Gavin died in January 1995. On September 11, 1996, plaintiff filed a complaint *fn1 against the defendants alleging malpractice and fraud. On July 13, 1998, Averna filed a motion for summary judgment. Plaintiff filed opposition and contemporaneously requested that the motion be adjourned pending the deposition of Alberta Foster, Esq., the attorney for Gavin's estate. Plaintiff had deposed Roberta Gavin, the widow of Daniel Gavin, on July 7, 1998. Foster kept an inventory of all of Gavin's cases and the attorneys to whom those cases were transferred by Gavin after he became seriously ill sometime in 1994. Plaintiff contends that prior to Roberta Gavin's deposition she did not know of the existence of Foster or her possible involvement in or knowledge of the Estate of Gavin. Plaintiff argued that Foster's documents and deposition testimony would be relevant in determining whether Gavin's file relating to plaintiff's personal injury was in fact transferred at some point to defendant Averna, and if so, when that transfer occurred.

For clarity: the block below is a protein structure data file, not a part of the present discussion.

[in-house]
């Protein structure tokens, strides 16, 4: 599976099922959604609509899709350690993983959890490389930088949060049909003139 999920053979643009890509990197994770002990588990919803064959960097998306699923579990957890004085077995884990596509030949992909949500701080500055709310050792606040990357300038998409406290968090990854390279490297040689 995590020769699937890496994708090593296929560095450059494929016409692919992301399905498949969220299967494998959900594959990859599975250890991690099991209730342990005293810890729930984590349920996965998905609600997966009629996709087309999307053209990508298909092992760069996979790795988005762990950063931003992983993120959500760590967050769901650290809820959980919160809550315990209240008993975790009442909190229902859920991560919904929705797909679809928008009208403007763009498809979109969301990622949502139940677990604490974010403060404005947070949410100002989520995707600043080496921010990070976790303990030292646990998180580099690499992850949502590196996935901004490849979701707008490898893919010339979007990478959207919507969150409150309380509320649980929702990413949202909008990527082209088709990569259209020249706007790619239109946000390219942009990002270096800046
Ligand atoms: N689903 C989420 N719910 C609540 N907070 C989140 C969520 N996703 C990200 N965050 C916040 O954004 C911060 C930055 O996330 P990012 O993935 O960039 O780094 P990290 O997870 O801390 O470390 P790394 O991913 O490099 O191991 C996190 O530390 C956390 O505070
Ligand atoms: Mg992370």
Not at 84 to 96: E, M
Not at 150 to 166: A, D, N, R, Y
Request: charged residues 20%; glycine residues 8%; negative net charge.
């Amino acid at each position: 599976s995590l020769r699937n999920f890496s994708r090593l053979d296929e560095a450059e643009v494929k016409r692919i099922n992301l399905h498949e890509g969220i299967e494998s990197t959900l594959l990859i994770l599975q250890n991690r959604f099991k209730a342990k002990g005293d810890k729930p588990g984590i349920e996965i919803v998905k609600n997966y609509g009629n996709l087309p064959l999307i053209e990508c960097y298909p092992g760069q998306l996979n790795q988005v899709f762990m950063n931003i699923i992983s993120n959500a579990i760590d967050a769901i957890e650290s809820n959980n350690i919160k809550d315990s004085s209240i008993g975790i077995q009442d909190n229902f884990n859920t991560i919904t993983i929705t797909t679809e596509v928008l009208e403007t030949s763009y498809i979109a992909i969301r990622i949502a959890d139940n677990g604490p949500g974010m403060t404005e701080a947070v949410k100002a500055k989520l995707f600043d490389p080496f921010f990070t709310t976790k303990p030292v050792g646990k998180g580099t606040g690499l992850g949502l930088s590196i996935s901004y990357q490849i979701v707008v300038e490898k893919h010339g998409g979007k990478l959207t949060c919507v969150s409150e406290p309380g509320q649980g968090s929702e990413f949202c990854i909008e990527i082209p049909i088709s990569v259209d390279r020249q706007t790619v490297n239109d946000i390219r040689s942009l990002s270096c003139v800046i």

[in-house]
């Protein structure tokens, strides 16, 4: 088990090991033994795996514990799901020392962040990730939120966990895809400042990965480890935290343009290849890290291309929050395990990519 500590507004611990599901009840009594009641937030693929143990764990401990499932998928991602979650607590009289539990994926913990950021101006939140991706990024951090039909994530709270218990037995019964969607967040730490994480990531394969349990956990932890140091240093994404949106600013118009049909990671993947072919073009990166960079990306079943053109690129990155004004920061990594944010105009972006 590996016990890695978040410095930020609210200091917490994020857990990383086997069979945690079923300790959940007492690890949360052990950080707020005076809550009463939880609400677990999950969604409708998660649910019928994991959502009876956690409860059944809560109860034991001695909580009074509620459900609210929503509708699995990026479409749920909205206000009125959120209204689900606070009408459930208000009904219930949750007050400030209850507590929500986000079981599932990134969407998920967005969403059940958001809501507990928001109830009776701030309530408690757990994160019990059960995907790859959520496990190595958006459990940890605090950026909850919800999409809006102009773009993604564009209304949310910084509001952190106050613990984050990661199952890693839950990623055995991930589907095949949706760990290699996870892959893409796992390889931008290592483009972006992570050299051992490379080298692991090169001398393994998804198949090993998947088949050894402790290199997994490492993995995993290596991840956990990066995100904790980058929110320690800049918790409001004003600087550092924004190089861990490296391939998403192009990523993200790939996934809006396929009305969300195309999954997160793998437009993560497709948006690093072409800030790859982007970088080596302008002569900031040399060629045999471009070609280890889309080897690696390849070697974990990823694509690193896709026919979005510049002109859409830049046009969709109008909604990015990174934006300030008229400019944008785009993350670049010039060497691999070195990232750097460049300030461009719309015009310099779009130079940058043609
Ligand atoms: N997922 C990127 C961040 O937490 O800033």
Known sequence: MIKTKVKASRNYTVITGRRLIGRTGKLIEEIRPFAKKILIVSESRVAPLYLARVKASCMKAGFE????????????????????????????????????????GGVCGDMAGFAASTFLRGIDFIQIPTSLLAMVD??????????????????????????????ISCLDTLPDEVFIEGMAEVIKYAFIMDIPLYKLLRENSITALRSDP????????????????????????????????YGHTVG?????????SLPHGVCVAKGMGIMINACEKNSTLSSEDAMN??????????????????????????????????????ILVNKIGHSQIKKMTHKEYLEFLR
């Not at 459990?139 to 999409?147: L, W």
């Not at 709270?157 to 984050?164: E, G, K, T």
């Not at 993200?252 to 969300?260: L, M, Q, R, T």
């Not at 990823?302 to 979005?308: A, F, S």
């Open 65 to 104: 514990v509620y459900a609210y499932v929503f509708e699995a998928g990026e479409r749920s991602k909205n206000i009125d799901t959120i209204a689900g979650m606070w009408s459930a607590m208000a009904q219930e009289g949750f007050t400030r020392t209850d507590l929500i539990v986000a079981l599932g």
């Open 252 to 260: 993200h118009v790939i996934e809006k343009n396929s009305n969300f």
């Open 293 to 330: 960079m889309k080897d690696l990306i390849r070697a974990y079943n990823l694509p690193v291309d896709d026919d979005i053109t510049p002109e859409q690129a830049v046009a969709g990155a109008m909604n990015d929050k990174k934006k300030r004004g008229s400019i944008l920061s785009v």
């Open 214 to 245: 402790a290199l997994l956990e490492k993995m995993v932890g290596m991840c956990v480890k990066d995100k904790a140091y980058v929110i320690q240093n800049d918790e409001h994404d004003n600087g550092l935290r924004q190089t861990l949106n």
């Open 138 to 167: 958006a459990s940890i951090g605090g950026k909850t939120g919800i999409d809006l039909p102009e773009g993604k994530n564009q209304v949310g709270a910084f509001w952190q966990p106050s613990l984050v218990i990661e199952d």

Ruling on the motion for summary judgment, the motion judge said:
I understand. I'm going to grant this application for summary judgment. I think there are no genuine issues of material fact.
The issue is so one-sided that the defendants Averna, and Averna and Gardner the law firm, must prevail as a matter of law. This accident happened in Puerto Rico on December 11, 1992. The statute of limitations, everybody agrees, is one year. There's no proof that Averna even knew about the existence of this case until after the statute of limitations had run.
The only thing that plaintiff has is an alleged telephone call between Gavin and the plaintiff, wherein Gavin said "I'm going to refer this case to Mr. Averna. But, there's absolutely no proof that he did that. It would be speculation to find that Mr. Gavin did give the case to Averna.
I know that in this day and age, attorneys are subject to much criticism and some of it is justified. But I find it hard to believe that an attorney can be responsible for missing the statute of limitations, where there is no proof that the attorney even knew about the case until after the running of the statute.
The fraud count, I think, rides with the malpractice counts. For all of those reasons, this defense application for summary judgment is granted. Thank you counselors.